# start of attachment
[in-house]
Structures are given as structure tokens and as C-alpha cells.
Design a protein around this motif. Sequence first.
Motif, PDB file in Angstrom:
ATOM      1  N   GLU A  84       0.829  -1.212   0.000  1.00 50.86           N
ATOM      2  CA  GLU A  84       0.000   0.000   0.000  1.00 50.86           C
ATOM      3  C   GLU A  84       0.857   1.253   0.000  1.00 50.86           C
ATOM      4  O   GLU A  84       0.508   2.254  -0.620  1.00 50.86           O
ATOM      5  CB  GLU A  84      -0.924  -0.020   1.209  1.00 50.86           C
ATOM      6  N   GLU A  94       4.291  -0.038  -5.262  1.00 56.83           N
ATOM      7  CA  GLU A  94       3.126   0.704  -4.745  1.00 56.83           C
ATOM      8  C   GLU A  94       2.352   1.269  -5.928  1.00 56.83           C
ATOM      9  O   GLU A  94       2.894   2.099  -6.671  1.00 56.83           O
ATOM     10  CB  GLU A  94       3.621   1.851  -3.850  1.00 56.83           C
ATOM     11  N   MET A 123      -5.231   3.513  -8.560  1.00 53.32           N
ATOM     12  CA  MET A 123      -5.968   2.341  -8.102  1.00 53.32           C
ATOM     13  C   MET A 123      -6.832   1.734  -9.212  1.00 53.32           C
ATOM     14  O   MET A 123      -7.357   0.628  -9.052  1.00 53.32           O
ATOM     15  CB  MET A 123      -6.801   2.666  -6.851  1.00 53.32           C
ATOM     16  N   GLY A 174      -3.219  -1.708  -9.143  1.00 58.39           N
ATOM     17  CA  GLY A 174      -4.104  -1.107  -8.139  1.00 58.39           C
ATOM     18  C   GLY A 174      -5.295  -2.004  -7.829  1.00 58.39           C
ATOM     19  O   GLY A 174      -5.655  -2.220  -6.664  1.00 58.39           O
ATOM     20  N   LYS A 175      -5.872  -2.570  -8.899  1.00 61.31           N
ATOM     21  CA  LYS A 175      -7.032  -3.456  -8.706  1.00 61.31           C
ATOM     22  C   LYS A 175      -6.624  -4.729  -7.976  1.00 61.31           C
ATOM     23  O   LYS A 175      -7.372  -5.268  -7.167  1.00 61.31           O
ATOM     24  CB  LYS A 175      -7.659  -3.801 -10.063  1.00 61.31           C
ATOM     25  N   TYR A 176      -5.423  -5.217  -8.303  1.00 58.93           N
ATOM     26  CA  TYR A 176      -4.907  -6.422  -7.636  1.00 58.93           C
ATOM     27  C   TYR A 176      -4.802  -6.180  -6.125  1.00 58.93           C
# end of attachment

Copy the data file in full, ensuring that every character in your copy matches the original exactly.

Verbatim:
[in-house]
Structures are given as structure tokens and as C-alpha cells.
Design a protein around this motif. Sequence first.
Motif, PDB file in Angstrom:
ATOM      1  N   GLU A  84       0.829  -1.212   0.000  1.00 50.86           N
ATOM      2  CA  GLU A  84       0.000   0.000   0.000  1.00 50.86           C
ATOM      3  C   GLU A  84       0.857   1.253   0.000  1.00 50.86           C
ATOM      4  O   GLU A  84       0.508   2.254  -0.620  1.00 50.86           O
ATOM      5  CB  GLU A  84      -0.924  -0.020   1.209  1.00 50.86           C
ATOM      6  N   GLU A  94       4.291  -0.038  -5.262  1.00 56.83           N
ATOM      7  CA  GLU A  94       3.126   0.704  -4.745  1.00 56.83           C
ATOM      8  C   GLU A  94       2.352   1.269  -5.928  1.00 56.83           C
ATOM      9  O   GLU A  94       2.894   2.099  -6.671  1.00 56.83           O
ATOM     10  CB  GLU A  94       3.621   1.851  -3.850  1.00 56.83           C
ATOM     11  N   MET A 123      -5.231   3.513  -8.560  1.00 53.32           N
ATOM     12  CA  MET A 123      -5.968   2.341  -8.102  1.00 53.32           C
ATOM     13  C   MET A 123      -6.832   1.734  -9.212  1.00 53.32           C
ATOM     14  O   MET A 123      -7.357   0.628  -9.052  1.00 53.32           O
ATOM     15  CB  MET A 123      -6.801   2.666  -6.851  1.00 53.32           C
ATOM     16  N   GLY A 174      -3.219  -1.708  -9.143  1.00 58.39           N
ATOM     17  CA  GLY A 174      -4.104  -1.107  -8.139  1.00 58.39           C
ATOM     18  C   GLY A 174      -5.295  -2.004  -7.829  1.00 58.39           C
ATOM     19  O   GLY A 174      -5.655  -2.220  -6.664  1.00 58.39           O
ATOM     20  N   LYS A 175      -5.872  -2.570  -8.899  1.00 61.31           N
ATOM     21  CA  LYS A 175      -7.032  -3.456  -8.706  1.00 61.31           C
ATOM     22  C   LYS A 175      -6.624  -4.729  -7.976  1.00 61.31           C
ATOM     23  O   LYS A 175      -7.372  -5.268  -7.167  1.00 61.31           O
ATOM     24  CB  LYS A 175      -7.659  -3.801 -10.063  1.00 61.31           C
ATOM     25  N   TYR A 176      -5.423  -5.217  -8.303  1.00 58.93           N
ATOM     26  CA  TYR A 176      -4.907  -6.422  -7.636  1.00 58.93           C
ATOM     27  C   TYR A 176      -4.802  -6.180  -6.125  1.00 58.93           C